dr made.jpgThe erratic supply of electricity and coal has been cited as the major challenge facing tobacco farmers that has contributed to poor output and quality of the crop.

 

This came out during a tour of Chidziva Estates by cabinet ministers, Dr Joseph Made and Dr Ignatius Chombo.

Dr Made, who is the Minister of Agriculture, Mechanisation and Irrigation Development, said there is urgent need for improvement in the supply of energy to attain maximum yields to realise the gains of the land reform programme.

“As we have seen, the main challenge is electricity supply, at least the supply of coal is improving. The crux is here as this is where losses start to come in, hence the need for improvement,” said Dr Made.

The erratic supply of both coal and electricity is hindering farming operations and expected yield per hectre for the irrigated tobacco crop.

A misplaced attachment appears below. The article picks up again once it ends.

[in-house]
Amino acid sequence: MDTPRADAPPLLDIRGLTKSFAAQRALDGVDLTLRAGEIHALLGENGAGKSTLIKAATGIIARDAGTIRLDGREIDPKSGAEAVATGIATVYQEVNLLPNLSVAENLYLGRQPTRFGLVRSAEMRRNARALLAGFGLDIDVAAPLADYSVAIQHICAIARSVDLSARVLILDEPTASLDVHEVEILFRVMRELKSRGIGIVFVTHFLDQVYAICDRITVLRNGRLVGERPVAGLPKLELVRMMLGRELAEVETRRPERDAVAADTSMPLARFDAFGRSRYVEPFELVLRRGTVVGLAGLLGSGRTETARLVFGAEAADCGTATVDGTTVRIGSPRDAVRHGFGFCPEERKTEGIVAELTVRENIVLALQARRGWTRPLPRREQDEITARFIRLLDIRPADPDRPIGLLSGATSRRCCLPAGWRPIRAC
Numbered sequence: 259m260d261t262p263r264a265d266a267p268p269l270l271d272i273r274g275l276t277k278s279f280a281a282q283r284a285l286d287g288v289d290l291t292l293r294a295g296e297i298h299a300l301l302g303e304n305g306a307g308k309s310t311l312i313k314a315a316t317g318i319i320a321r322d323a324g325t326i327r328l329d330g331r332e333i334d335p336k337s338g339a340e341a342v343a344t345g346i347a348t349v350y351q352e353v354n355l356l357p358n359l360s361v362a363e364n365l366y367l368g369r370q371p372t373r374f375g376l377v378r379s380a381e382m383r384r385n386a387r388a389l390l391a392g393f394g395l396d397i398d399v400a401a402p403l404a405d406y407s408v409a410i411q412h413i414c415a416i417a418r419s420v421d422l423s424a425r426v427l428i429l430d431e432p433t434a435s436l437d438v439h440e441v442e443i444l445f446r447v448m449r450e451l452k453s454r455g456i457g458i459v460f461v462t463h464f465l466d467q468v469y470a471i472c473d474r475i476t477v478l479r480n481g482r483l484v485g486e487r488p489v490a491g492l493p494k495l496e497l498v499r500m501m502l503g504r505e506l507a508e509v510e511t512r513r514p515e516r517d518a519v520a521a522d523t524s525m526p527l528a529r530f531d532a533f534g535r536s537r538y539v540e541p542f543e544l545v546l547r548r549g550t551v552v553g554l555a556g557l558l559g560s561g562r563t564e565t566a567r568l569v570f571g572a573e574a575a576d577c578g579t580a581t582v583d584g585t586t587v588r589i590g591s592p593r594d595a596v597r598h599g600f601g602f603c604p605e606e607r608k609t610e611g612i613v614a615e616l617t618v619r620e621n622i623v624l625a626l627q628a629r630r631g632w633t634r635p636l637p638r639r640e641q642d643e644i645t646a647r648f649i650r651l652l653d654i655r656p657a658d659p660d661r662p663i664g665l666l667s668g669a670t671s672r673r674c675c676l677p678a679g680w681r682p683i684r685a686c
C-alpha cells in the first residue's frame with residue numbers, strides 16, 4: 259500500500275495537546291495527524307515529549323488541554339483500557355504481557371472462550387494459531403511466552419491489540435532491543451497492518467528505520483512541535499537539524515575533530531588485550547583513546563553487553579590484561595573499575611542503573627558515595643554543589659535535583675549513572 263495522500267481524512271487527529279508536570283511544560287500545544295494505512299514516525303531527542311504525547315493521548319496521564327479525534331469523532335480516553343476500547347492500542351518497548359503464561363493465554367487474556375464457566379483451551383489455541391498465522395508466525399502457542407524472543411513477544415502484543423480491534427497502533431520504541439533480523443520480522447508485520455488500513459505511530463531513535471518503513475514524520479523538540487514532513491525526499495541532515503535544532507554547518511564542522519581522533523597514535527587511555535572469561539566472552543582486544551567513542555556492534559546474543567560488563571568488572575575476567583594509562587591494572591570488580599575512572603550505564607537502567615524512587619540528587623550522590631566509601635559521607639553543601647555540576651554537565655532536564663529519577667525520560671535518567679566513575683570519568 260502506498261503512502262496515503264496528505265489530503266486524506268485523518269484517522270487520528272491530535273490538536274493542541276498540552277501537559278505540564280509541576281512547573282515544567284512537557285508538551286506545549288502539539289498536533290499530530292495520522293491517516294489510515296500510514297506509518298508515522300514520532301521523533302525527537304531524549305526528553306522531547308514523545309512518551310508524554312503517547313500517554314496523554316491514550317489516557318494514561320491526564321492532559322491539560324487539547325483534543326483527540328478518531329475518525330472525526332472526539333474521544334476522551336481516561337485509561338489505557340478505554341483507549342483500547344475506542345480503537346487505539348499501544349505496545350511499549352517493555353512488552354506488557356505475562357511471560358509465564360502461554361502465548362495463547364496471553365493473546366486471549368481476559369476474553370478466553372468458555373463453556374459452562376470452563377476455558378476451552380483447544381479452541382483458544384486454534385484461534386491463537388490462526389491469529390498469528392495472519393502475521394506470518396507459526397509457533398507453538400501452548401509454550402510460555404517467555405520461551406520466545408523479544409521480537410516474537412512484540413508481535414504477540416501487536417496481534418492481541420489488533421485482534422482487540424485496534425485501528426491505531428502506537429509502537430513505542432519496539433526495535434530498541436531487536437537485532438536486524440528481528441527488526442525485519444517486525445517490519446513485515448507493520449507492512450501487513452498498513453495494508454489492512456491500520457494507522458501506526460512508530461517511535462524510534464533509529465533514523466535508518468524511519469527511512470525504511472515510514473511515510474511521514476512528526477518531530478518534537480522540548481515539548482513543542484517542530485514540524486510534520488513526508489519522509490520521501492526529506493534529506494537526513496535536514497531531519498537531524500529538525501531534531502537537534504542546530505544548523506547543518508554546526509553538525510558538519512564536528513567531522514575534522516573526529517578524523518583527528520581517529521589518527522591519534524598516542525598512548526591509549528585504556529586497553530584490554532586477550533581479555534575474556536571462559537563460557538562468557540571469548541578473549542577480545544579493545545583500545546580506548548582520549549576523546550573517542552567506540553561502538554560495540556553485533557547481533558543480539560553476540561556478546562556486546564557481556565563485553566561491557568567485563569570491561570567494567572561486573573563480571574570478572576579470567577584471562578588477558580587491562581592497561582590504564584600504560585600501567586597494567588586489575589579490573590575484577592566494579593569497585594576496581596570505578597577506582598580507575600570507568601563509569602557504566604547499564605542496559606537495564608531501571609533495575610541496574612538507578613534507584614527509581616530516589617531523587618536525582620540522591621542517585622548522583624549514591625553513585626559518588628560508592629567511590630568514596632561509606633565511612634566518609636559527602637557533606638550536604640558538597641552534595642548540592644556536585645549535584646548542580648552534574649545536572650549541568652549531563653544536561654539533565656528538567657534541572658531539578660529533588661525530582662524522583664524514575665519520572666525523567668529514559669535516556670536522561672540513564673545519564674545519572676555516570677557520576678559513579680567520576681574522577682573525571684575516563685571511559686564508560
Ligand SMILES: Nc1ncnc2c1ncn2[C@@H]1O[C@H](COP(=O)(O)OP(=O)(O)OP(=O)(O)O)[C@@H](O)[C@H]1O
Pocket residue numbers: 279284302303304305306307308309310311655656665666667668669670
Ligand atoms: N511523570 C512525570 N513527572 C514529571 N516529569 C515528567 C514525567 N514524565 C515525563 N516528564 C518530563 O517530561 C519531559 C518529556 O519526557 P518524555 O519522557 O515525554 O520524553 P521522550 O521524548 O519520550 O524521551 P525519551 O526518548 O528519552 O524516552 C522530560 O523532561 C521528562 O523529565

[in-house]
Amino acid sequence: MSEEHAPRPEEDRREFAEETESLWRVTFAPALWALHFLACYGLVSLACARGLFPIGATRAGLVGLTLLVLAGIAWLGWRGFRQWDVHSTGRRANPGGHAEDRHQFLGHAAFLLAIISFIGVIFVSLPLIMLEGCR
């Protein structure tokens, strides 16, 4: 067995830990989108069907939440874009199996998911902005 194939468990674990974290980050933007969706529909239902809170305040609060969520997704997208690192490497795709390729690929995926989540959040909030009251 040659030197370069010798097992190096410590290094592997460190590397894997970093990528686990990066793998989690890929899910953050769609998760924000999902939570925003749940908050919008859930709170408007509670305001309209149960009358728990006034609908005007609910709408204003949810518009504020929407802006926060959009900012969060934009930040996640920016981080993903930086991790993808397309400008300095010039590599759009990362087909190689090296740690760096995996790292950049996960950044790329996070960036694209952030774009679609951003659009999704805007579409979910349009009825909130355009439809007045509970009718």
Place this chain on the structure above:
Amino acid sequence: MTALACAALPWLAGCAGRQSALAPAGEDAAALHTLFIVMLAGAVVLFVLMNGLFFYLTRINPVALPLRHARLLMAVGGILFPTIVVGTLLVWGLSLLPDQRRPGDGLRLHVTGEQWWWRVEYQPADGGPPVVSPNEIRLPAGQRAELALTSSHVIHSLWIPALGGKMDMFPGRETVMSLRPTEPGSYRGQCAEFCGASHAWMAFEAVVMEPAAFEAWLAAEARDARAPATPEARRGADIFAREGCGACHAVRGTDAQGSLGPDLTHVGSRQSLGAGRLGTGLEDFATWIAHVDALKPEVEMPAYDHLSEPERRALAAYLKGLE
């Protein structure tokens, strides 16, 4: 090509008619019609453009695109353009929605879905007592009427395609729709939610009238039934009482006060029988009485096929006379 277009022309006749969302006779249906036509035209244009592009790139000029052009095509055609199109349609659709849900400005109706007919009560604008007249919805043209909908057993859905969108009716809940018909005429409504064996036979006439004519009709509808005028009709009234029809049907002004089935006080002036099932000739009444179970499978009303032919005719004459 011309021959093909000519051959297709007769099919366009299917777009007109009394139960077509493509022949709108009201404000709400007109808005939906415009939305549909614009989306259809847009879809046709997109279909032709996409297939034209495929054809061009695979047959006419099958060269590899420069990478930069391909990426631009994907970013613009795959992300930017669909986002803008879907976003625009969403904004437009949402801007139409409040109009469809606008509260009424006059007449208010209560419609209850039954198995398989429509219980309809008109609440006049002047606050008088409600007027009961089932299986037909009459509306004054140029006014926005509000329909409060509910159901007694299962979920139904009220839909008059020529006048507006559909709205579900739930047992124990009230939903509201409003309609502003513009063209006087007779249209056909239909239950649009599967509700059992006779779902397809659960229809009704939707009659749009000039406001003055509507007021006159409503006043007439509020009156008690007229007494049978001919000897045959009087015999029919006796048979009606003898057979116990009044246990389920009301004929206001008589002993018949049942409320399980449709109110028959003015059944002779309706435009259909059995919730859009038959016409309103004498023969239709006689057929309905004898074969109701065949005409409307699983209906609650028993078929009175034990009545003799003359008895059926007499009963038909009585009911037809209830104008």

Briefing Dr Made and the Minister of Local Government, Rural and Urban Development, Dr Ignatius Chombo, Mr Sidney Chidziva, the son of Mike Chidziva the owner of the farm, who put 12 hectares of tobacco under irrigation and 30 hectares which is rain fed, said the farm has been using generators for curing tobacco, which is an expensive alternative.

Mr Chidziva said with enough power supply, the crop will yield 3,8 metric tonnes of leaf per hectare.

“This is a good crop and we expect 3,8 metric tonnes per hectare,” Mr Chidziva said.

Electricity generation has affected many farming operations since Zimbabwe and the SADC region began experiencing power deficits.

Local power utility, ZESA, has been under fire for failing to improve power generation despite receiving funds from government.
Irrigated tobacco requires uninterrupted supply of power during the curing process.